The majority of How (Not) to Be Secular is a brief, clear and comprehensive explication of Taylor’s book. All five chapters mirror the five parts of A Secular Age, attending to main themes without micro-analysing the complexities of Taylor’s argument.

Smith writes very well. I particularly enjoyed his explanation that the modern question is not if we live in a secular (“immanent”) frame but whether we “inhabit it as a closed frame with a brass ceiling [or] an open frame with skylights open to transcendence”.[12]

Smith does move beyond simply clarifying Taylor. He scrutinises the limitations of Taylor’s narrative, observing the clear “tension between creaturely goods and eternal goods” may be “a hangover of … scholastic Thomism.”[13] Again, he faults Taylor’s readiness to “jettison aspects of historic Christian teaching” rather than consider new ways to satisfy contemporary spiritual aspirations.[14] Realistically, however, Smith limits himself to setting forth Taylor’s ideas rather than critiquing them.

I had wondered how to review a book that exposits another book, when I am not fully familiar with the original. However, like biblical commentators, Smith sees his book as most useful when read alongside A Secular Age.  However, for those who will never read Taylor’s beast of a book Smiths work is indispensable.

Having Mennonite and Anabaptist leanings I was most interested in Smiths summary of Taylor’s diagnosis of the tensions of the Protestant Reformation.[15] Given that I come from an Annabapt tradition and also live within a sacramental tradition, I was a little disappointed that Smith followed Taylor in neglecting the Radical Reformation, though it must be said, the book is already long enough. Likewise I have mixed feelings about Smith’s enthusiasm for sacramental Christianity as the antidote for conservative, liberal, and emerging Protestants’ shared captivity to secularisms “immanent frame”.[16]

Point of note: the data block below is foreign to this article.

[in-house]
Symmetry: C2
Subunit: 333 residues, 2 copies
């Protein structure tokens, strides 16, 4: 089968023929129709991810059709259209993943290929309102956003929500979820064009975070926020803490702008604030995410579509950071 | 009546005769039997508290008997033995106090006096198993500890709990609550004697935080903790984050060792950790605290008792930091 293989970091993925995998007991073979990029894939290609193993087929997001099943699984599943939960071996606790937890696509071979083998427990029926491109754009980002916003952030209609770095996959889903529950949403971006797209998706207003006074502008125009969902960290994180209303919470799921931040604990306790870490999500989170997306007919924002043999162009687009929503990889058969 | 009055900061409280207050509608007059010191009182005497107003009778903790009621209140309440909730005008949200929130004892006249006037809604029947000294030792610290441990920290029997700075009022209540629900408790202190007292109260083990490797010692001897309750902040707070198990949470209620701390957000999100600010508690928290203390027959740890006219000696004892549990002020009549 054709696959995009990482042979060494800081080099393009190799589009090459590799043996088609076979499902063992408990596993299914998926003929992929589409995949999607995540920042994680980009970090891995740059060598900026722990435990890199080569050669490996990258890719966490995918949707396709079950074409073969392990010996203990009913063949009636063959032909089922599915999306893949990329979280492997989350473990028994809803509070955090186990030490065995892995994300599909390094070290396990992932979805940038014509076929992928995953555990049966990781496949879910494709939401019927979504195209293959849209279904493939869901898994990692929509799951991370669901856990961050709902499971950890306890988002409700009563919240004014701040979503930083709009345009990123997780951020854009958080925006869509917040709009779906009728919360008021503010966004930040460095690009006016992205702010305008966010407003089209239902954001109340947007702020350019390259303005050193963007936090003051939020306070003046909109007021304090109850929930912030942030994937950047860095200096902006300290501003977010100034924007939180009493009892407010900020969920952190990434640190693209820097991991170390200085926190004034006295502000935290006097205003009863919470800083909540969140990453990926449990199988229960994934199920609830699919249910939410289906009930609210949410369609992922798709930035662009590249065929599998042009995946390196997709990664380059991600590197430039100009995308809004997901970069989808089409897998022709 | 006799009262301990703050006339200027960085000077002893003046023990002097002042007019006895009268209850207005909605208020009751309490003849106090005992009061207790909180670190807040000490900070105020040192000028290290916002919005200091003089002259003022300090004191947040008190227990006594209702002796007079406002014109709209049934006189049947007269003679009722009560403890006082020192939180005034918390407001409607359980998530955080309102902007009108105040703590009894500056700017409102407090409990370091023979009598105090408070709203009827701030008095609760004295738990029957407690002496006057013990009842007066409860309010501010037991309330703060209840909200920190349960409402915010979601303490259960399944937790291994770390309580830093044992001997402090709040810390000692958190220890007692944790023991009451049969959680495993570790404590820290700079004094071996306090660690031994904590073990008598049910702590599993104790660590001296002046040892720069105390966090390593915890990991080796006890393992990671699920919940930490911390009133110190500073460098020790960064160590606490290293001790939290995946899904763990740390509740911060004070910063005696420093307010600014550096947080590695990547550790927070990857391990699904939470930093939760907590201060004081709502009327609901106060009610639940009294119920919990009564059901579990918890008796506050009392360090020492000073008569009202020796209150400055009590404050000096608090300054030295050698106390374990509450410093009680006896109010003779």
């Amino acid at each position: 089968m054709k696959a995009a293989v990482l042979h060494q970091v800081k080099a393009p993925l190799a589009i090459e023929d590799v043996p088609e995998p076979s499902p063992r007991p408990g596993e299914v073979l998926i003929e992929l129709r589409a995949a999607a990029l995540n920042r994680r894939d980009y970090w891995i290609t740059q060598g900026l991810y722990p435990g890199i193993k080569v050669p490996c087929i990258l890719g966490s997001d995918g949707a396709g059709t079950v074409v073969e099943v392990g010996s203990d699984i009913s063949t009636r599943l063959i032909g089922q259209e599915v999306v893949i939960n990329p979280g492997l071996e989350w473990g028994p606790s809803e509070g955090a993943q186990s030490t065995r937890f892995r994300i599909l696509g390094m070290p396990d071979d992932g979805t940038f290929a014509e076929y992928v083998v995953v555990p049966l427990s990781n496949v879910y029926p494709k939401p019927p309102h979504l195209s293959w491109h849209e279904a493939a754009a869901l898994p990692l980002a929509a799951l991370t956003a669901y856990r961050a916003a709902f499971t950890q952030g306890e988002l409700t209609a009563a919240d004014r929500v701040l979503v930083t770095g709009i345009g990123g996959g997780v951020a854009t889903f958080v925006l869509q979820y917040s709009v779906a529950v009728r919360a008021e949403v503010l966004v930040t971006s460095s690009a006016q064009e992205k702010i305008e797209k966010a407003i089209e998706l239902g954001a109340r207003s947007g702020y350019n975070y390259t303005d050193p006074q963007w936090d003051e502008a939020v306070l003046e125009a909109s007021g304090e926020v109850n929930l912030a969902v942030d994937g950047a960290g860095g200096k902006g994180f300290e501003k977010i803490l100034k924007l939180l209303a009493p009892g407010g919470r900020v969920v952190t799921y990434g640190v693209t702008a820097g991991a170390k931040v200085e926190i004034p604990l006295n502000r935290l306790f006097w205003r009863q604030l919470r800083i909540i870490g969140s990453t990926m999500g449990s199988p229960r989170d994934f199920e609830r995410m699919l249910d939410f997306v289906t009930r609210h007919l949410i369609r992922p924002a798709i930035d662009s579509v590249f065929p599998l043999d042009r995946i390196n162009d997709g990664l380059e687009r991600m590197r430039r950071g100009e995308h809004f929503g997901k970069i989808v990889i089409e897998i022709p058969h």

Smith is a good read and there is here is no requirement to wade through A Secular Age as Smiths work stand on it’s own as commentary and overview. However, a reader will be more better able to understand its importance with a rudimentary understanding of History and Philosophy. And, as a final thought, I think Taylor’s view on secularism is both coherent and encouraging. Knowing Chritianity’s role in secular formation means we have a hand in the game. If we shaped the game in the first place, then we ought to be able to play the game more effectively than we give ourselves credit. If we don’t, then we merely choose to live with the less hopeful theories of secularism that point to the inevitable demise of religion.

[1] Smith, James K. A. 2014. How (Not) to Be Secular. Kindle. Grand Rapids: Wm. B. Eerdmans Publishing. IX

[2] Taylor, Charles. 2007. A Secular Age. Cambridge, MA: Harvard University Press.

[3] Ibid, 2-3

[4] Ibid, 3

[5] Ibid, 48, 148

[6] Ibid, 146ff

[7] Ibid, 26ff

[8] Smith, How (Not) to Be Secular. 20-23

[9] Taylor, A Secular Age, 20

[10] Smith, How (Not) to Be Secular. 14

[11] Ibid, 95-96

[12] Ibid, 93

[13] Ibid, 59

[14] Ibid 113

[15] Ibid 35-45

[16] Ibid, 92, note 1 and 138, note 10

About the Author

Digby Wilkinson